Small Satellites Travel To Space Via Reusable Launch System
Researchers were a step closer to sending satellites into space through the use of a reusable launch system. On Dec 23 researchers at the University of Queensland had one of the first successful instances with the Austral Launch Vehicle (ALV), which was designed to return to base after transporting a satellite into space.
"I think there is real potential for Australia to become the 'go-to' country for small satellite launches, and I see this as playing a vital role in Australia's innovation revolution," Professor Michael Smart, who is the UQ Chair of Hypersonic Propulsion, said in a news release.
The majority of single-use launch systems for small satellites can be quite costly to send satellites into orbit, according to Smart. He claimed that once launch systems travel to their designated trajectory, they drop and fall into the ocean. However, the ALV is quite different.
"It is a rocket booster in the usual sense, but instead of falling into the ocean once it has done its job, it deploys wings and a propeller motor, so it can safely return to base," Smart said. "UQ has a great interest in this new technology since we have worked for many years to develop reusable scramjet vehicles that fly like planes.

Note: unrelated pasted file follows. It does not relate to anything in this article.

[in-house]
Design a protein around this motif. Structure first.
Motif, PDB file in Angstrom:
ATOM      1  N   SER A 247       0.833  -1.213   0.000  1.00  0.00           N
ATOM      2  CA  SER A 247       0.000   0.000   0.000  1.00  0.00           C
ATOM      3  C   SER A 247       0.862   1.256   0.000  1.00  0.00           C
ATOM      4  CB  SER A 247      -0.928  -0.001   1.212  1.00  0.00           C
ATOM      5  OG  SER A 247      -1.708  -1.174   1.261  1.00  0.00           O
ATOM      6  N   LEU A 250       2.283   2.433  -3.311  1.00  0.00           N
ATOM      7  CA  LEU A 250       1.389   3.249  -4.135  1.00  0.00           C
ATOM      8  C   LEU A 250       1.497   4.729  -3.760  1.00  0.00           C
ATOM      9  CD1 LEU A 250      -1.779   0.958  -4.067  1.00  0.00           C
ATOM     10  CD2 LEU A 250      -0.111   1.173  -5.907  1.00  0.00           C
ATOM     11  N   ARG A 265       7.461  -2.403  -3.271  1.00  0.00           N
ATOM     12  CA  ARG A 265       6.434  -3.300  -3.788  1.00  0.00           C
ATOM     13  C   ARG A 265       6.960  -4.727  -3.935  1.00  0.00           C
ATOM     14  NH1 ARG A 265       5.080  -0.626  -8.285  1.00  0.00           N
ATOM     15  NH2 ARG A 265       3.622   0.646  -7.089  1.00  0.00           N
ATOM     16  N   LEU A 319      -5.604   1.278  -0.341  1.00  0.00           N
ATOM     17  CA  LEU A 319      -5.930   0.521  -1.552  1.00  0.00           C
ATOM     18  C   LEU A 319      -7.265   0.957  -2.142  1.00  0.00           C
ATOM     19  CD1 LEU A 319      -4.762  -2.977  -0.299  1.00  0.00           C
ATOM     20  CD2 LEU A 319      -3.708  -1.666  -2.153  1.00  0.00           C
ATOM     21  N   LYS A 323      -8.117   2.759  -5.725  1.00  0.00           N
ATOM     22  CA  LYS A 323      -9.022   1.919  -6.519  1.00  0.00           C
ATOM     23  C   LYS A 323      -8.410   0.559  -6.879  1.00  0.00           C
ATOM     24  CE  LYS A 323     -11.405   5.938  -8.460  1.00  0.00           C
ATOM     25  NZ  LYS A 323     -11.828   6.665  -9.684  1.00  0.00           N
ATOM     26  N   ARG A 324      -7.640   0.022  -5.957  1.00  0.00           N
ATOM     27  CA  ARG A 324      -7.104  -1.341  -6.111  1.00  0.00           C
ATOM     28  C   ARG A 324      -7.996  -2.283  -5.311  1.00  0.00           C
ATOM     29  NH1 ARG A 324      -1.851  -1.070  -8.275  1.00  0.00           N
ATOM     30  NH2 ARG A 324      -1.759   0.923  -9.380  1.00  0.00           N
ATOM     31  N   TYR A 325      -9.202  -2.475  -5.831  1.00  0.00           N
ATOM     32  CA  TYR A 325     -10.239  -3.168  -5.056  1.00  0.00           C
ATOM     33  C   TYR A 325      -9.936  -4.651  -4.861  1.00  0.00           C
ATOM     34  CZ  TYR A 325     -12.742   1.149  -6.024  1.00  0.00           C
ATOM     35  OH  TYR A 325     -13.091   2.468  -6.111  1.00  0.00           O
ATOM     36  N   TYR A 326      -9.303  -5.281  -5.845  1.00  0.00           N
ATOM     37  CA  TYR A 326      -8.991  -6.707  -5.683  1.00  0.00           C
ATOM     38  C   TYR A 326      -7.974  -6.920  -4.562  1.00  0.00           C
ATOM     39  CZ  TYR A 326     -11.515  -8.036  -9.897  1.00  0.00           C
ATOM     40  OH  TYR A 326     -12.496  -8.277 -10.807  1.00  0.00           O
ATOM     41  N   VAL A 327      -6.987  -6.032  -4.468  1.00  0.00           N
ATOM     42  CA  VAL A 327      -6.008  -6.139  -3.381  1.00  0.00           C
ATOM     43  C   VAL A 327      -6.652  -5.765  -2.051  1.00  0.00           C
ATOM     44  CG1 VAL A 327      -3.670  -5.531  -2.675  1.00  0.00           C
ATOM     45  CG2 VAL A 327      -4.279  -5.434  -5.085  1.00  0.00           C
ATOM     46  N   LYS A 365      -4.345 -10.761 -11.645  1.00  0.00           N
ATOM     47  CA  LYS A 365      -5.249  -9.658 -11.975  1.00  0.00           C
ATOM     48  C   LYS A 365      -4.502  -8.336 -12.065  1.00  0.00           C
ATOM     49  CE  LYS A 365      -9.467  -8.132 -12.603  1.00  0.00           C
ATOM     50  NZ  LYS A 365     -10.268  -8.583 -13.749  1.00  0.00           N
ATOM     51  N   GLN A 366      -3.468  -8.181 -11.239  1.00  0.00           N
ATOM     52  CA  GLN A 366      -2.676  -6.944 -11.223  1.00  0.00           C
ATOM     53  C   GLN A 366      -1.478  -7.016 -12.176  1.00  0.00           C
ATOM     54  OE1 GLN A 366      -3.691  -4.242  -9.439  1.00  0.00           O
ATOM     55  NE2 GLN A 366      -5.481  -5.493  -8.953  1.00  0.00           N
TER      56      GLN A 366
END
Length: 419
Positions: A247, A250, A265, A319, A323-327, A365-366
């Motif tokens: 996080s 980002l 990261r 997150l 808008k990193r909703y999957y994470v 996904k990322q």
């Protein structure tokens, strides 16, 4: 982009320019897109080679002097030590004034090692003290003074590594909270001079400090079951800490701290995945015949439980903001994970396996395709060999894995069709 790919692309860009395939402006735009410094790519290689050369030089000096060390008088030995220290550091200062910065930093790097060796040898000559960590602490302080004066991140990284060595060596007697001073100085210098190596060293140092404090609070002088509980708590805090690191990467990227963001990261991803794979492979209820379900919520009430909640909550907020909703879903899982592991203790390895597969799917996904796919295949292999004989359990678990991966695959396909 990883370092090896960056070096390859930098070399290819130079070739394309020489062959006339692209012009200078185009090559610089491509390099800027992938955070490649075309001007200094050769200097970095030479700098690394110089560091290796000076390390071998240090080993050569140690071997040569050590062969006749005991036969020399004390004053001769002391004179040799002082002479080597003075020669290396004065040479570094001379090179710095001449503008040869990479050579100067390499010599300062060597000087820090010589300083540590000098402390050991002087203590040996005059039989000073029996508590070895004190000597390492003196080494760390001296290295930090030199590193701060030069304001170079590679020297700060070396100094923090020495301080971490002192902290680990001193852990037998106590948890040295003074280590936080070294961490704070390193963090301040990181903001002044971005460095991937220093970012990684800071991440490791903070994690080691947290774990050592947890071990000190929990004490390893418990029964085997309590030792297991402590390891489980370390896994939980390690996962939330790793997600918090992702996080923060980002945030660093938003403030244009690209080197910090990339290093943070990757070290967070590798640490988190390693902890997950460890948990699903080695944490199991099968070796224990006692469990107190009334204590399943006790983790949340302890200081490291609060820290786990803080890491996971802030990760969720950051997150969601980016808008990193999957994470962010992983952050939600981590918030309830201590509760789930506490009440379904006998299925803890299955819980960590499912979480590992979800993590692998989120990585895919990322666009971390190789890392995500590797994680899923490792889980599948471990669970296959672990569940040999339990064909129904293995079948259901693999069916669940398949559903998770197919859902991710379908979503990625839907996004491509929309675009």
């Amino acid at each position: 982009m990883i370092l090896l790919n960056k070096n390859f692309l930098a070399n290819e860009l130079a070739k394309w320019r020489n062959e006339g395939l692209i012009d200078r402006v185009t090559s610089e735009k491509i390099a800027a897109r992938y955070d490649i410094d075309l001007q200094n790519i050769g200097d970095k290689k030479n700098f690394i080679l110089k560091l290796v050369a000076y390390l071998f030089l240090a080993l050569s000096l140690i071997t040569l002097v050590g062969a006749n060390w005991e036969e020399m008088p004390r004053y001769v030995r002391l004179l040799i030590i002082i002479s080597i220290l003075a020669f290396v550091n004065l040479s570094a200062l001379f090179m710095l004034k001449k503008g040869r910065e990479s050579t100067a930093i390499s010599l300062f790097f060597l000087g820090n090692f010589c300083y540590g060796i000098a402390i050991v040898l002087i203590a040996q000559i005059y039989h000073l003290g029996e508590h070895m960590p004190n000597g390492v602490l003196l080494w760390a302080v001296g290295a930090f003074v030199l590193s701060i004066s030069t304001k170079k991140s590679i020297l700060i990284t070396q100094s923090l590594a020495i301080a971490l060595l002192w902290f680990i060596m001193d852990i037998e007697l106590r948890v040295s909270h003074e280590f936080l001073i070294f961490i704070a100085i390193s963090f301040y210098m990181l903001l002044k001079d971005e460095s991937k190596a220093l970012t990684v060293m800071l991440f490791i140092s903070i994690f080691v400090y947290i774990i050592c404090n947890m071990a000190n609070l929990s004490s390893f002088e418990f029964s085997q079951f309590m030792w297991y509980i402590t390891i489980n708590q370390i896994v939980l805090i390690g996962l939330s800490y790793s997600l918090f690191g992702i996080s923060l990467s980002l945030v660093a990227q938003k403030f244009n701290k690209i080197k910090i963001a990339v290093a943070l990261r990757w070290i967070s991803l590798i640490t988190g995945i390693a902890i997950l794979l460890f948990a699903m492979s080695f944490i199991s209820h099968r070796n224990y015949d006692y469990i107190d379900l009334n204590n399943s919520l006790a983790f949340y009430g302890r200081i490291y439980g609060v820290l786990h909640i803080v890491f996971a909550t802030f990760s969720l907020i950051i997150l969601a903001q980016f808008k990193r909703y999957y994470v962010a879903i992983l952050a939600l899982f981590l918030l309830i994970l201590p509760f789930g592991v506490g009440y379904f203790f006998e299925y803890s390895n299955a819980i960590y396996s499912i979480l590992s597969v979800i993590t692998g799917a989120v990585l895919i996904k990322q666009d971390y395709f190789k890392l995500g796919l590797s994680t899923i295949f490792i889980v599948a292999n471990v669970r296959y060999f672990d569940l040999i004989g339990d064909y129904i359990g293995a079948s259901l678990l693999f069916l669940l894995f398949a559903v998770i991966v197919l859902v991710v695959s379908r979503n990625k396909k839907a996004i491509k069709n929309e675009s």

A combination of the ALV and a UQ scramjet means that 85 percent of a satellite launch system could be reusable, according to Smart.
"This is a once-in-a-generation opportunity for Australia to become a part of the space sector," said.
After a successful launch, the researchers are exploring for a market, with a projected demand for 400 satellites in 2016.
The UQ team collaborated with Brisbane-based start-up companies Heliaq Advanced Engineering and Australian Droid and Robot to develop a rocket system which can be reused again.
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